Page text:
In the current paper, we therefore examined WPC and a wide-ranging number of variables in a representative population-based sample of employees from the prospective Gutenberg Health Study (GHS). The objectives of the present explorative study were (1) to investigate the distribution and prevalence of WPC among the employed participants in the GHS at baseline and (2) to study the dependence of WPC on a broad range of private life and occupational characteristics as well as on psychosocial working conditions.


Study population

The GHS is designed as a population-based, prospective, single-centre cohort study in the Rhine-Main region in Western Germany [2426]. The primary aim is to evaluate and improve cardiovascular risk stratification. The GHS sample was drawn randomly from the governmental local registry offices in the city of Mainz and the district of Mainz-Bingen. The sample was stratified 1:1 for sex and residence (urban and rural) and in equal strata for decades of age. Between 2007 and 2012, 15,010 individuals between 35 and 74 years of age were enrolled, and written informed consent was obtained from all participants. Exclusion criteria were insufficient knowledge of the German language and physical or psychological inability to participate in the examinations at the study centre. Ethical approval of the study protocol and sampling design (including the present investigation) was given by the Ethics Commission of the State Chamber of Medicine in Rhineland-Palatinate and by the data protection officer of the University Medical Center of the Johannes Gutenberg University Mainz as well as the Rhineland-Palatinate data protection officer.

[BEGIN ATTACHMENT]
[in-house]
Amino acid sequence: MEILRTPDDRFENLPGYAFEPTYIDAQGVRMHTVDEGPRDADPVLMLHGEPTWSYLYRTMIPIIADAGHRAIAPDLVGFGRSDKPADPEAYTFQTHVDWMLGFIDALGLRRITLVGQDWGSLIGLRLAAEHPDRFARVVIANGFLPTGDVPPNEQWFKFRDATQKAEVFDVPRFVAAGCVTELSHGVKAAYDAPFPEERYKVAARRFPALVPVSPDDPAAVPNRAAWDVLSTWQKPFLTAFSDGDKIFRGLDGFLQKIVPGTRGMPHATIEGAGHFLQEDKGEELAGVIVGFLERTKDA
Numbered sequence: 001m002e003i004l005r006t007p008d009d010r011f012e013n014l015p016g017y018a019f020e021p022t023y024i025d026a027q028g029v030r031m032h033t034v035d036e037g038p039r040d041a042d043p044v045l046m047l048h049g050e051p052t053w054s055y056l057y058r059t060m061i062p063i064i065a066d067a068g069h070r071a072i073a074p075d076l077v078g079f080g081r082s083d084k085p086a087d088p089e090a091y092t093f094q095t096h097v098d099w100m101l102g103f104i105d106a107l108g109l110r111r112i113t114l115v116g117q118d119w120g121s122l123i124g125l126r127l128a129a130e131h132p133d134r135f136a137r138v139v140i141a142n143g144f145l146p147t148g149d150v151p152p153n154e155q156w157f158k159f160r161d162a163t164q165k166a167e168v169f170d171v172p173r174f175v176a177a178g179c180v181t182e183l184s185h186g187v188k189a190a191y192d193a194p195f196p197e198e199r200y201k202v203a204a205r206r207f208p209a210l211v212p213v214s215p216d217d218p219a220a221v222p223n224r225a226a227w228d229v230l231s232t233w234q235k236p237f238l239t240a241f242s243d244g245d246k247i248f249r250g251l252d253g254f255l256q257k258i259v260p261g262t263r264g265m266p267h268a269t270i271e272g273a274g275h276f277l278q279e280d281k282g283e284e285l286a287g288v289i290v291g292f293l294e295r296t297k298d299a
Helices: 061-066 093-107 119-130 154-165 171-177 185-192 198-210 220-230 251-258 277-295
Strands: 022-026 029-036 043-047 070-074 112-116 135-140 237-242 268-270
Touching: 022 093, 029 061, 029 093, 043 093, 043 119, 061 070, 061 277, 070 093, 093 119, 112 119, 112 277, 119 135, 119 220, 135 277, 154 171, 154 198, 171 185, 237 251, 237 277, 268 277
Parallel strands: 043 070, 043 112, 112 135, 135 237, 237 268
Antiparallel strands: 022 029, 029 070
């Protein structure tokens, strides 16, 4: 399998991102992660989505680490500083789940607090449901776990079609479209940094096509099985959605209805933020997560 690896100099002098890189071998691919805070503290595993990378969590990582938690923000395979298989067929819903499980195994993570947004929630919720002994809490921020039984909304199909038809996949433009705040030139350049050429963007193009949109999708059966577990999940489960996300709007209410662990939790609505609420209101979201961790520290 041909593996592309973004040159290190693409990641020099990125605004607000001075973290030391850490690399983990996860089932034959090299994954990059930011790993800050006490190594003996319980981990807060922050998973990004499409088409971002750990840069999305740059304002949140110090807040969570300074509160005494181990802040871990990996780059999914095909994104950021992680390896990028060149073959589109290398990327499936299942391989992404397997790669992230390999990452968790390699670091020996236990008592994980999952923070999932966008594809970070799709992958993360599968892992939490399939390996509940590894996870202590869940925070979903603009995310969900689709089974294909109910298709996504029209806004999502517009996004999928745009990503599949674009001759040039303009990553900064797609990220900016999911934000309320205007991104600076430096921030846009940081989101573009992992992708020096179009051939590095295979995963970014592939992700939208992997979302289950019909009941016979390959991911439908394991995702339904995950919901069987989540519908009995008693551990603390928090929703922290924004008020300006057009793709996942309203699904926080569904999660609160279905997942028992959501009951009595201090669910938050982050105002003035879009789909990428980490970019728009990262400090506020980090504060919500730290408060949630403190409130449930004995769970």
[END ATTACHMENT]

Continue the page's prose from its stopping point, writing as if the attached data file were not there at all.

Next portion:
For the present study, we excluded subjects older than 64 years of age (N = 3,753). In order to analyse an unencumbered sample and to circumvent a “Healthy Worker Effect” we also excluded those with prevalent vascular diseases (i.e. coronary artery disease, myocardial infarction, stroke, peripheral vascular disease; N = 346). In addition, 2,911 GHS participants were not eligible because they did not work and 236 participants had to be excluded because of missing data. A randomly selected sample (N = 4,055) filled in an alternative questionnaire regarding psychosocial working conditions (which did not contain questions related to WPC). The final sample in this study therefore consisted of 3,709 subjects (with 1,653 women and 2,056 men). There were fewer females (44.6 %) in the sample, as fewer women were employed than men. The mean age of the participants was 48 years (standard deviation (SD) =7.5).